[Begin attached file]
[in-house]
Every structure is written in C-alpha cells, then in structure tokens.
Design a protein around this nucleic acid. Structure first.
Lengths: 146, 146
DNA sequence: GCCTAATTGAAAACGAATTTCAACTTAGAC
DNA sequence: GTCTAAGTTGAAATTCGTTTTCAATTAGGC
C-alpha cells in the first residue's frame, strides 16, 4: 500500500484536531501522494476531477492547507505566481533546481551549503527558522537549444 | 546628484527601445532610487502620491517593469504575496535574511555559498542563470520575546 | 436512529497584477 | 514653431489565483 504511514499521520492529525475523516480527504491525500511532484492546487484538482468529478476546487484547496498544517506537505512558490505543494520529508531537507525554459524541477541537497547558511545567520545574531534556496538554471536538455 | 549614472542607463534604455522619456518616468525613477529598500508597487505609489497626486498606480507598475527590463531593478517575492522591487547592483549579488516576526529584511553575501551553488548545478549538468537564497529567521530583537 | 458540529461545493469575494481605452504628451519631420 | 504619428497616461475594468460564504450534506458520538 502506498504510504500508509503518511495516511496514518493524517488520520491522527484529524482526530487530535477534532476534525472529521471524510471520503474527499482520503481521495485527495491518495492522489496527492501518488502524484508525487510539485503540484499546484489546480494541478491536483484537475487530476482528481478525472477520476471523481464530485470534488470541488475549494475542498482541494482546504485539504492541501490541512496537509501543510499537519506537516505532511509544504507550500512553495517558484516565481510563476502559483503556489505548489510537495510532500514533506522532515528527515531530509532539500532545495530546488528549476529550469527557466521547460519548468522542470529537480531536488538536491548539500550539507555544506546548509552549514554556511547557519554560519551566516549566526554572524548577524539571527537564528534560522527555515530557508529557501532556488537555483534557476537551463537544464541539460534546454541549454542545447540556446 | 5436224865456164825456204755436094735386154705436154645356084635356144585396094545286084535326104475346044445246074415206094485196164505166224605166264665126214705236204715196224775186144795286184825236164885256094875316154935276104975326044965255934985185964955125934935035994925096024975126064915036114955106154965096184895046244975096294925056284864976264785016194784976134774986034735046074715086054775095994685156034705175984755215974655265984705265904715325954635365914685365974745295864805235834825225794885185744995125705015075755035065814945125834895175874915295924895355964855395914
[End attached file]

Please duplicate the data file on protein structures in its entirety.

[in-house]
Every structure is written in C-alpha cells, then in structure tokens.
Design a protein around this nucleic acid. Structure first.
Lengths: 146, 146
DNA sequence: GCCTAATTGAAAACGAATTTCAACTTAGAC
DNA sequence: GTCTAAGTTGAAATTCGTTTTCAATTAGGC
C-alpha cells in the first residue's frame, strides 16, 4: 500500500484536531501522494476531477492547507505566481533546481551549503527558522537549444 | 546628484527601445532610487502620491517593469504575496535574511555559498542563470520575546 | 436512529497584477 | 514653431489565483 504511514499521520492529525475523516480527504491525500511532484492546487484538482468529478476546487484547496498544517506537505512558490505543494520529508531537507525554459524541477541537497547558511545567520545574531534556496538554471536538455 | 549614472542607463534604455522619456518616468525613477529598500508597487505609489497626486498606480507598475527590463531593478517575492522591487547592483549579488516576526529584511553575501551553488548545478549538468537564497529567521530583537 | 458540529461545493469575494481605452504628451519631420 | 504619428497616461475594468460564504450534506458520538 502506498504510504500508509503518511495516511496514518493524517488520520491522527484529524482526530487530535477534532476534525472529521471524510471520503474527499482520503481521495485527495491518495492522489496527492501518488502524484508525487510539485503540484499546484489546480494541478491536483484537475487530476482528481478525472477520476471523481464530485470534488470541488475549494475542498482541494482546504485539504492541501490541512496537509501543510499537519506537516505532511509544504507550500512553495517558484516565481510563476502559483503556489505548489510537495510532500514533506522532515528527515531530509532539500532545495530546488528549476529550469527557466521547460519548468522542470529537480531536488538536491548539500550539507555544506546548509552549514554556511547557519554560519551566516549566526554572524548577524539571527537564528534560522527555515530557508529557501532556488537555483534557476537551463537544464541539460534546454541549454542545447540556446 | 5436224865456164825456204755436094735386154705436154645356084635356144585396094545286084535326104475346044445246074415206094485196164505166224605166264665126214705236204715196224775186144795286184825236164885256094875316154935276104975326044965255934985185964955125934935035994925096024975126064915036114955106154965096184895046244975096294925056284864976264785016194784976134774986034735046074715086054775095994685156034705175984755215974655265984705265904715325954635365914685365974745295864805235834825225794885185744995125705015075755035065814945125834895175874915295924895355964855395914